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Email Security

14 October 2015

Some pretty simple tips to make sure you are not an 'easy-target'.

Below are 10 great tips to help with your email security:

 

1. Invest in protection software

Protect your computers from viruses, worms, Trojans and unwanted SPAM / phishing scams etc. Software you should implement includes:

  • anti-spam
  • antivirus and anti-malware
  • content filtering‚Äč

 

2. Be careful opening links/documents in emails

Always be super careful about clicking a link or opening a document from an email. FULL STOP!!
People you know and trust may have had their email compromised so don't assume it is safe if it comes from their email address.

Mouse over the email address or link to make sure the link looks valid and matches the domain the email is coming from.
You can always visit the senders website if you are unsure whether or not the emaill is legitimate.

 

3. Don't trust ANY unsolicited offers from unknown sources

If you do not know the organisation/person sending you a special offer; don't click on any links or images in the email.

You can always Google them and visit their website directly if there is something in the email that interests you, but we advise against it.
 

4. Never send any personal information

The Banks, ATO, Australia Post, electricity/gas suppliers, hosting company, Ebay, PayPal, etc will NEVER ask for you to supply and/or confirm any of your personal information in an email.

Although the email may look legitimate, there is a 110% probability that it will not be.
If unsure you can always visit their website directly or pick up the phone and talk to them.

 

5. Never include sensitive information in an email

Email is not a secure form of communication; never share sensitive information such as credit card information; documents with your signature on it.

Even details like your date of birth which can be used by scammers to gain access to your bank accounts.

If you need to share this information consider investing in a program like Adobe PDF where you can lock and password protect important documents which contain this sort of information.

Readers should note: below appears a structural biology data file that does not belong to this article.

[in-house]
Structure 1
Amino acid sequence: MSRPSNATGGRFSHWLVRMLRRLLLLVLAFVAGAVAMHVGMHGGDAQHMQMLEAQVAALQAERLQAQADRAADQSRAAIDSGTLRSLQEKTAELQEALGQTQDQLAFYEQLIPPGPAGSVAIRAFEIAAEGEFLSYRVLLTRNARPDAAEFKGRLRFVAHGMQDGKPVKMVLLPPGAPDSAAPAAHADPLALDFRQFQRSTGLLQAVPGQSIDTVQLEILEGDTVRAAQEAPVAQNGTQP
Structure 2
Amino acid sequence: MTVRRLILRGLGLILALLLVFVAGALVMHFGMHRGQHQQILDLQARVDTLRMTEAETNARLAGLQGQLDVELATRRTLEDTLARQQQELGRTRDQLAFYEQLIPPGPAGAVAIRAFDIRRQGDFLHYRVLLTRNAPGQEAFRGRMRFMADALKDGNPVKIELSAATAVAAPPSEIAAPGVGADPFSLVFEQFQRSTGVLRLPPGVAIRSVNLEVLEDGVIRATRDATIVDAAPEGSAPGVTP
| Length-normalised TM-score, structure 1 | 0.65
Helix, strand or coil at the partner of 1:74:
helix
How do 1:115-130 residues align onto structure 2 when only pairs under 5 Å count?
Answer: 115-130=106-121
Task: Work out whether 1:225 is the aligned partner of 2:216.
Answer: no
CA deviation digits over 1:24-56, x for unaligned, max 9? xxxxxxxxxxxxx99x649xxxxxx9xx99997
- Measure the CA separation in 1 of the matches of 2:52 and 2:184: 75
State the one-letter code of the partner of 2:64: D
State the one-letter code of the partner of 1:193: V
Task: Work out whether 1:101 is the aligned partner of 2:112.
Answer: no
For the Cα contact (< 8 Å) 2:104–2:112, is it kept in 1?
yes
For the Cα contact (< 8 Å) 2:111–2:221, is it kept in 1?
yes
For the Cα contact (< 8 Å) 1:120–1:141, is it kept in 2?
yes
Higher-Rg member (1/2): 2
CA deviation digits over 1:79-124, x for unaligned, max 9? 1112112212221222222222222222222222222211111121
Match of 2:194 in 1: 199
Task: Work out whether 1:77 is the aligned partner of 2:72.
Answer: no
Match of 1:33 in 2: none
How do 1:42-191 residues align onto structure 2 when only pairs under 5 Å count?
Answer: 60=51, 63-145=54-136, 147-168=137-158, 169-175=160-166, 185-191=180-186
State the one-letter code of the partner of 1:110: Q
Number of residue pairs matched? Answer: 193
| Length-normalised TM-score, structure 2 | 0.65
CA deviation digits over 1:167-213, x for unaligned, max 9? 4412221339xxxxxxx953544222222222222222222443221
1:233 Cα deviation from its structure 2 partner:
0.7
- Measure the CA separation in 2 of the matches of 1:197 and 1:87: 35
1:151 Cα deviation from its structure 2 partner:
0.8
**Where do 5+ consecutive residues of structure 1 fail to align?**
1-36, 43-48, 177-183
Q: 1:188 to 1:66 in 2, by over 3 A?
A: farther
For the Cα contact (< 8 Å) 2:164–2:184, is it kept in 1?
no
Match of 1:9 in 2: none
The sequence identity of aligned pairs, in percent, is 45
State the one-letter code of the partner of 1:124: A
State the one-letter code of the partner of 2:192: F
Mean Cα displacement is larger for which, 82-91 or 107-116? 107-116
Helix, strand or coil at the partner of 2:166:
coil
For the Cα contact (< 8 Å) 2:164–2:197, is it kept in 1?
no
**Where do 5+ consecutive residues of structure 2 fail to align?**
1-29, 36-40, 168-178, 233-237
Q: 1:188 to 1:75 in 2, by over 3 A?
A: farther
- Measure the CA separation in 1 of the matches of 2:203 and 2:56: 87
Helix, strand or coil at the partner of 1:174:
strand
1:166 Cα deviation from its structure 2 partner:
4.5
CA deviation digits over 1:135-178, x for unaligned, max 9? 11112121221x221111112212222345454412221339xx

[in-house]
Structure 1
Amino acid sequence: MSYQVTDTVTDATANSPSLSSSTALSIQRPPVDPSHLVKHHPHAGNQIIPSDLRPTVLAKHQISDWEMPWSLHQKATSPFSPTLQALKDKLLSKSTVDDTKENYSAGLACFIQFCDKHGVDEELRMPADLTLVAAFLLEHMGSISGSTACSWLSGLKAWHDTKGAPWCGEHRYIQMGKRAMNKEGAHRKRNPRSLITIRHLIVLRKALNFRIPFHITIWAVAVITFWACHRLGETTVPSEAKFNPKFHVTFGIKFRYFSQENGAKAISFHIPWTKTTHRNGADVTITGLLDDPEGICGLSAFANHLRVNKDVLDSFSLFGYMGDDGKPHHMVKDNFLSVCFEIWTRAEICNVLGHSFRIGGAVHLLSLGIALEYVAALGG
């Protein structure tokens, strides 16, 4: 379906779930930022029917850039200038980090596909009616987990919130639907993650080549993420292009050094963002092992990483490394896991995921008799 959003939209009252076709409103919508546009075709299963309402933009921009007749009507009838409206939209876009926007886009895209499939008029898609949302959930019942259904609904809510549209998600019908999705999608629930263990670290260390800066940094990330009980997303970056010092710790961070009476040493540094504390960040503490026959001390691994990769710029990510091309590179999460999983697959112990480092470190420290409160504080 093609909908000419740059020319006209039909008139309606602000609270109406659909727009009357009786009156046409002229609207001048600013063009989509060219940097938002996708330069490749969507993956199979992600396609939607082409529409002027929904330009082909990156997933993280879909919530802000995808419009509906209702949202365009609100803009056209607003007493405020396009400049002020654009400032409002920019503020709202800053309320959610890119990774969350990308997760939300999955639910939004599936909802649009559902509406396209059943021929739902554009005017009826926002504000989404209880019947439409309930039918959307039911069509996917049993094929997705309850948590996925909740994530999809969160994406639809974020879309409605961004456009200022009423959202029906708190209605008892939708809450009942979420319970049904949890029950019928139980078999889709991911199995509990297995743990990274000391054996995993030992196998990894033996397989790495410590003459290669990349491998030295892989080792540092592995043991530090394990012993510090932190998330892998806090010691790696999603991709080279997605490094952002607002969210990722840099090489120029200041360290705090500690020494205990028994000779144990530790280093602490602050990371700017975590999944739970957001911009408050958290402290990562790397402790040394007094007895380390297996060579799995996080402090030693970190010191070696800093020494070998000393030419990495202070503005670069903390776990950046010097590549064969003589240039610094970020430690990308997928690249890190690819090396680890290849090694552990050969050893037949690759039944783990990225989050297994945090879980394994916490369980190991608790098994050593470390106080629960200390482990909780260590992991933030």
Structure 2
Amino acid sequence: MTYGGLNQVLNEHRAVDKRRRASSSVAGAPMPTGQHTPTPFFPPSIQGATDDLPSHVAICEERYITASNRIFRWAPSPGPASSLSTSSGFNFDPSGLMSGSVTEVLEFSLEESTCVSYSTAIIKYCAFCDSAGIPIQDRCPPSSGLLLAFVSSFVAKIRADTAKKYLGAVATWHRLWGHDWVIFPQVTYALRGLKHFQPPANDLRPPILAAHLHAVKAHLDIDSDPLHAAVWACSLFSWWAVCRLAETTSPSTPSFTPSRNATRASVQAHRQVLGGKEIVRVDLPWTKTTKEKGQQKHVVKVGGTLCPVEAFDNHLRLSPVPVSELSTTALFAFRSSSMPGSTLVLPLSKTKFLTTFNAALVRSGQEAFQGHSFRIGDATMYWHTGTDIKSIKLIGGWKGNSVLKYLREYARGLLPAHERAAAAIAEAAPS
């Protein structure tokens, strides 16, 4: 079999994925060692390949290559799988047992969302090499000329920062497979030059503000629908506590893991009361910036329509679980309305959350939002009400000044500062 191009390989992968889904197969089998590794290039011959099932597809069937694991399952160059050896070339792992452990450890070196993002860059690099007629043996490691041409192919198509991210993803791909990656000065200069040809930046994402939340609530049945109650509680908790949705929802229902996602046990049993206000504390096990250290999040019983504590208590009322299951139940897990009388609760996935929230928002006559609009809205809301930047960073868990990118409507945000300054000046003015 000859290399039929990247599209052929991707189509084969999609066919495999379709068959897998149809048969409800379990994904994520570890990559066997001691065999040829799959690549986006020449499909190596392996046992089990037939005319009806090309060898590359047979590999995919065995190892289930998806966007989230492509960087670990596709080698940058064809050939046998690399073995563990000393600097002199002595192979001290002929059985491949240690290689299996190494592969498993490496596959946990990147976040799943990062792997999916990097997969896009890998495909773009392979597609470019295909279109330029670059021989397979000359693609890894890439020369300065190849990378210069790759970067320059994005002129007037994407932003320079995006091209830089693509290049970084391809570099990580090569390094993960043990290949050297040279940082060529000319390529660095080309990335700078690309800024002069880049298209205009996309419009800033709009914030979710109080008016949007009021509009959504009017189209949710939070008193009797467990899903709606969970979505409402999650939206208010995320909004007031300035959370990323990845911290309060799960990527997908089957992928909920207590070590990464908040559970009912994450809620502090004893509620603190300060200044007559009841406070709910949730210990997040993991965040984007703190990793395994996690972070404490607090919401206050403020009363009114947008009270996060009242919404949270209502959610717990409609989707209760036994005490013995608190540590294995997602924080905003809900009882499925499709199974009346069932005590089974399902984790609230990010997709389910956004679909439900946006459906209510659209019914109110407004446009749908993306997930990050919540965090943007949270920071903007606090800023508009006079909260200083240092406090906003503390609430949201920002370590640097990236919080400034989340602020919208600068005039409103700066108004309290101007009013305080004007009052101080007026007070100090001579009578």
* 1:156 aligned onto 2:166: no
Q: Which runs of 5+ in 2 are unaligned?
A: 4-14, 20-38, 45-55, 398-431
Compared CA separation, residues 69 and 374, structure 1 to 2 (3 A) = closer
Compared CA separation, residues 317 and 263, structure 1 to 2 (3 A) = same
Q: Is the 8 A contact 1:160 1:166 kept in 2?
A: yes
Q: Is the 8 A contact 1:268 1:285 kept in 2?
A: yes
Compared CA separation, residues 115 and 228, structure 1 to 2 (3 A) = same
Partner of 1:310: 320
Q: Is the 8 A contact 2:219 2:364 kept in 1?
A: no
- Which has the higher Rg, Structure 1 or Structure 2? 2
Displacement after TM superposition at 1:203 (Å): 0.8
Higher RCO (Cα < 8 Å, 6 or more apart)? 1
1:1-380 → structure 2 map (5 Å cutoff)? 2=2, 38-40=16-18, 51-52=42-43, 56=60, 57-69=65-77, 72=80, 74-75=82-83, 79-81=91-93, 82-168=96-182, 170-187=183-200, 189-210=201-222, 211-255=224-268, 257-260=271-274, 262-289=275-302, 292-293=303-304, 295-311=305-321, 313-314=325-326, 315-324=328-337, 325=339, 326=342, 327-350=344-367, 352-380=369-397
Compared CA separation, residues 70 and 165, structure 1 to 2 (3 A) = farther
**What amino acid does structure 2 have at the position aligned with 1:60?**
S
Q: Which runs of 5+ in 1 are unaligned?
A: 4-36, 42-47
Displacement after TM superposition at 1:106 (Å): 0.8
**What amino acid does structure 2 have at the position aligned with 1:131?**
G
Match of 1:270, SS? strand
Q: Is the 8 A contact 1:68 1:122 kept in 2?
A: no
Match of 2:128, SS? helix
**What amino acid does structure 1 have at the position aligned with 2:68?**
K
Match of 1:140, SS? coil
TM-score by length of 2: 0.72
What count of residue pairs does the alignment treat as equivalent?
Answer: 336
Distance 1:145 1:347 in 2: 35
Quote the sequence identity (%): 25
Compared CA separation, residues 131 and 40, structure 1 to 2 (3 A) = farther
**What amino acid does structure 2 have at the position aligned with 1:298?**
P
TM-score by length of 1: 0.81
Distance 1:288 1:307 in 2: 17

6. Avoid Public Wi-Fi

Public Wi Fi networks are extremely insecure. Anyone can set one up and name it to look like a reputable company.

Don’t check you email on a public internet connection and NEVER login to your internet banking on free wi-fi networks.

Additionally; you should always have a password on your smartphone / tablet - if you don’t you run the risk of hackers picking up content like emails off your device as you move through Wi Fi hotspots.

 

7. Connect to the email server in SSL

Make sure when you receive/send emails that you are completing this in a secure session (e.g. it requires a password and a secure session). Many email providers offer this as an extra service; enquire with your email host to find out what is involved including extra costs to implement this.

Please note that some email programs don't handle SSL very well, so this tip is more of an 'if possible.......'

 

8. Passwords

Make sure your passwords are complex, at least 9 characters long and are not easy to guess.

And please change them every 90 days. Any password can be cracked if it is never changed.

Although it appears to make your life easier, do NOT share the same password across many areas (e.g. social media, banks accounts, emails).

If you are compromised then having the same password for everything can cause a lot of damage to your entire digital life.

 

9. Implement training

Spend time with your staff training them on what to look out for and what to do if they feel their is a breach; a simple 15 minute education session could save you thousands in replacing computer systems if you fall victim to a serious breach.

 

10. If you think something has gone horribly wrong..........

DON'T PANIC.

If you are at work and using your computer/laptop you must disconnect it from the network straight-away and then contact your IT department to run a scan and fix any issues that they find.

If you are at work and using your own laptop/tablet/phone then disconnect it from your work's wi-fi network immediately and get your IT department to scan your device.

Your employer and work colleages are going to be thrilled if your inaction caused them to lose their data or potentially get blackmailed into paying the hacker to get their important information un-encrypted again.